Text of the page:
The quality of education offered in the DRC will go a long way in ensuring that learners are well-equipped with skills and abilities that are necessary to survive in diversified environments. The growth and development visible in this 21st century indicate that, there is need for individuals who can survive and assimilate to foreign environments and thrive within them. The exposure to the internet, increased international travel and unlimited access to information from multiple places, (Owens, McLennan, Hustus, Haines-Saah, Mitchell, Mixon and Troutman 2019, p. 7), in the world, shows that present learners have a lot to learn in order to exploit the numerous available opportunities. With increased and unhindered growth of innovations and technology, learners are faced with the opportunity to choose one out of thousands of fields and opportunities that they may be passionate about, (Owens, McLennan, Hustus, Haines-Saah, Mitchell, Mixon and Troutman 2019, p. 15). Education in the 21st century has morphed from the capacity to harbour extensive knowledge in multiple fields, (Smith 2011, p. 9), to the capacity to be exemplary in one specific field and make an impact through it. The ability of governments and educators to achieve this is the epitome of success in educational quality. Through programs like the “Learning to Read in a Healing Classroom” (LRHC), (Aber, Torrente, Starkey, Johnston, Seidman, Halpin, Shivshanker, Weisenhorn, Annan and Wolf 2017), DRC can utilize the extensive resources provided to make learners appreciate the learning process and find solace in knowledge and education for a better future. Priority should be placed on honing skills in children and youth that will enable them to utilize the available resources in the country to bring change and development on a social and economic scale.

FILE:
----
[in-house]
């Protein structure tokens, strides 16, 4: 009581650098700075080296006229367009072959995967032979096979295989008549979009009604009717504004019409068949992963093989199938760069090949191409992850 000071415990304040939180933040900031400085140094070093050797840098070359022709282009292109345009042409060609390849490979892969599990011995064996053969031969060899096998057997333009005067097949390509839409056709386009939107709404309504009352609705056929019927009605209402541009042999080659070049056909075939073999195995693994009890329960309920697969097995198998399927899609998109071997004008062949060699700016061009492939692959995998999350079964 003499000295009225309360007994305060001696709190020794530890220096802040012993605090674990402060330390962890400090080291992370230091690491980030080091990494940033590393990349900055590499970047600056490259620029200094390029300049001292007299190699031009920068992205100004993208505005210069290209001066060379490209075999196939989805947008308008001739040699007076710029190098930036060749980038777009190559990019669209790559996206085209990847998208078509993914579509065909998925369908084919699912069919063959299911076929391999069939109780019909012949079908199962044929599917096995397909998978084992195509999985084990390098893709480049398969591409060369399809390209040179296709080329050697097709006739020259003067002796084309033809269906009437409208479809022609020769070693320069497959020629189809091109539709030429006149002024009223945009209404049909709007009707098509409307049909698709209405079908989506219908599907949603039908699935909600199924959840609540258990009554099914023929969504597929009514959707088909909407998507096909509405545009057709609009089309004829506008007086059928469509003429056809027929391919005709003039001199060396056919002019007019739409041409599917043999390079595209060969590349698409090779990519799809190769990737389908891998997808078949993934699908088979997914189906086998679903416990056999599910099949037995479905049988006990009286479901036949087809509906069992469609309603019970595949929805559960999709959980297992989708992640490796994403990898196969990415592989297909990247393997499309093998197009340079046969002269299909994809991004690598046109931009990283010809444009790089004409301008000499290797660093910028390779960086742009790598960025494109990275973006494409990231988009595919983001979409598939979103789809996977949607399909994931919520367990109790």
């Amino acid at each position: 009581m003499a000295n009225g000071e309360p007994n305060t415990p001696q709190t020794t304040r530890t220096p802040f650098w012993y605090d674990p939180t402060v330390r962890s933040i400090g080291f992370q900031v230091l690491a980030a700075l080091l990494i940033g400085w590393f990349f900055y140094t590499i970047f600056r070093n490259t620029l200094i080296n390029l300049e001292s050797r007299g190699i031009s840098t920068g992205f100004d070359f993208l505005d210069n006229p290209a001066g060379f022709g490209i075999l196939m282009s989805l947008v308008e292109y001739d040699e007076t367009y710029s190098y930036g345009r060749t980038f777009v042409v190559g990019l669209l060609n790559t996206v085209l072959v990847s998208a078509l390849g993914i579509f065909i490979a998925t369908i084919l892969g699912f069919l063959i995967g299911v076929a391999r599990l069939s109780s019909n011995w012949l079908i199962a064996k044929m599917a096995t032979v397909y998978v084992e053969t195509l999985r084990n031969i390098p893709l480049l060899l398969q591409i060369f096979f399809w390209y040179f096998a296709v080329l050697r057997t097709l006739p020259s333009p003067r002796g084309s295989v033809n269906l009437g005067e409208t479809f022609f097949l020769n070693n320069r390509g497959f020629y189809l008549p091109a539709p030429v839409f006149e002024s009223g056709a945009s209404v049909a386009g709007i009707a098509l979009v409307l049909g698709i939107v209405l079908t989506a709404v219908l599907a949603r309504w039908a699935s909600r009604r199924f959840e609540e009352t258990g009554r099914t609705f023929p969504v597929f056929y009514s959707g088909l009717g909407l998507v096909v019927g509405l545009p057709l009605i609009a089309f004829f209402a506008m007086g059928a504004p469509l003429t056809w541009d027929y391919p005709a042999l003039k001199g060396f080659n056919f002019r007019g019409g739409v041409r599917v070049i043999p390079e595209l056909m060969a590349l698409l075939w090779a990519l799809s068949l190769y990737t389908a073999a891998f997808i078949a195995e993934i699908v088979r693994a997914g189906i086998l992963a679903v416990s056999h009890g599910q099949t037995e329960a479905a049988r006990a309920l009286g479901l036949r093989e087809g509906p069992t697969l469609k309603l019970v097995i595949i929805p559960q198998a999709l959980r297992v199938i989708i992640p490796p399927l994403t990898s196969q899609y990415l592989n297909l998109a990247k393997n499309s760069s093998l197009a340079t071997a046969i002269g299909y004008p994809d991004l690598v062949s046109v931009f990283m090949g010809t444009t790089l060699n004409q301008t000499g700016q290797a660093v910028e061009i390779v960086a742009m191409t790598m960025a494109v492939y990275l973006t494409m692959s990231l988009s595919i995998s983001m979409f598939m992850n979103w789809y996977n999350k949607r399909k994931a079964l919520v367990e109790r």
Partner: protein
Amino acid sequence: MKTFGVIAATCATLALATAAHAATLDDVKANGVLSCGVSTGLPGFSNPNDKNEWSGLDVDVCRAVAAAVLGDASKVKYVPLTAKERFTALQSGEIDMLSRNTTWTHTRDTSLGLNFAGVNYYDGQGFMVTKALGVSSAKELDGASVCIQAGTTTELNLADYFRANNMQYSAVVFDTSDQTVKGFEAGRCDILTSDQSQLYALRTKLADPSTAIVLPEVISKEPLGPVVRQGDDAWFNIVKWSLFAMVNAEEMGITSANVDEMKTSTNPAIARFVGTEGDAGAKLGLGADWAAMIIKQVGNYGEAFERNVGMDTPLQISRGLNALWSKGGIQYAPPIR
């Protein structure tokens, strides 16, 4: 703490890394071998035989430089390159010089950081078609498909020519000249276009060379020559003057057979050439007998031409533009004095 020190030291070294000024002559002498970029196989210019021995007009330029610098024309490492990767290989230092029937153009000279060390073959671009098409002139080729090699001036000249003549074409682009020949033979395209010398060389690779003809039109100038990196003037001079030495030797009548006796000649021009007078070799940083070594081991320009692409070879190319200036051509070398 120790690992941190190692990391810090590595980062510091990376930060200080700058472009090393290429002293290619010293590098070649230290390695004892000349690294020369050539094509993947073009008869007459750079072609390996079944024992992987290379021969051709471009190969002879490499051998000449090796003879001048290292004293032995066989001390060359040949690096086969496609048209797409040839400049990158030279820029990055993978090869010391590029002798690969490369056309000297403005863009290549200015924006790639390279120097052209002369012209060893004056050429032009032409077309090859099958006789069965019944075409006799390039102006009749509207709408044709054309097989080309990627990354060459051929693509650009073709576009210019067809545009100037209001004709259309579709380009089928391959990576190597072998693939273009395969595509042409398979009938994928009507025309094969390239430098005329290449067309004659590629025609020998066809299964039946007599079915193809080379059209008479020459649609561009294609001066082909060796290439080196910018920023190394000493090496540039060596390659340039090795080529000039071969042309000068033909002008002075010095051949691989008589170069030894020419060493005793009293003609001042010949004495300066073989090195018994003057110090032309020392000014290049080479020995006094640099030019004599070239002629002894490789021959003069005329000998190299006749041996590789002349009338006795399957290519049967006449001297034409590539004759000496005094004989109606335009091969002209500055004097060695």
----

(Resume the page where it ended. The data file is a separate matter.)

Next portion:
Reduction in number of school dropouts

DRC is faced with challenges in terms of government stability and increased poverty, (Bollag 2015, p. 35). Most children and youth prefer dropping out of school programs in order to work in Cobalt and Gold mines where they are able to earn a living for their families. The children and youth join their parents in seeking for their daily sustenance and this causes a major decline in the number of learners in schools and other learning institutions. Besides, the instability of the government leaves the citizens in a compromising situation where war and conflict may arise and lead to the movement and dispersion of communities where a school had initially been established. Such lack of security and surety of the citizens in the government system may lead them to discouraging those of age to learn, from pursuing knowledge and a better future through education. In order for this problem to be solved, there needs to be a radical change in the governance of the DRC. The government needs to ensure that their institutions are a safe haven for both the learners and their guardians. Optimal security measures should be undertaken to keep the learning process free of disruption and offer the next generation a chance to make necessary changes to the present problems. Once a reduction in the number of school dropouts is achieved, then that shall be a step in the achievement of SDG 4.6.

Challenges of literacy and numeracy in DRC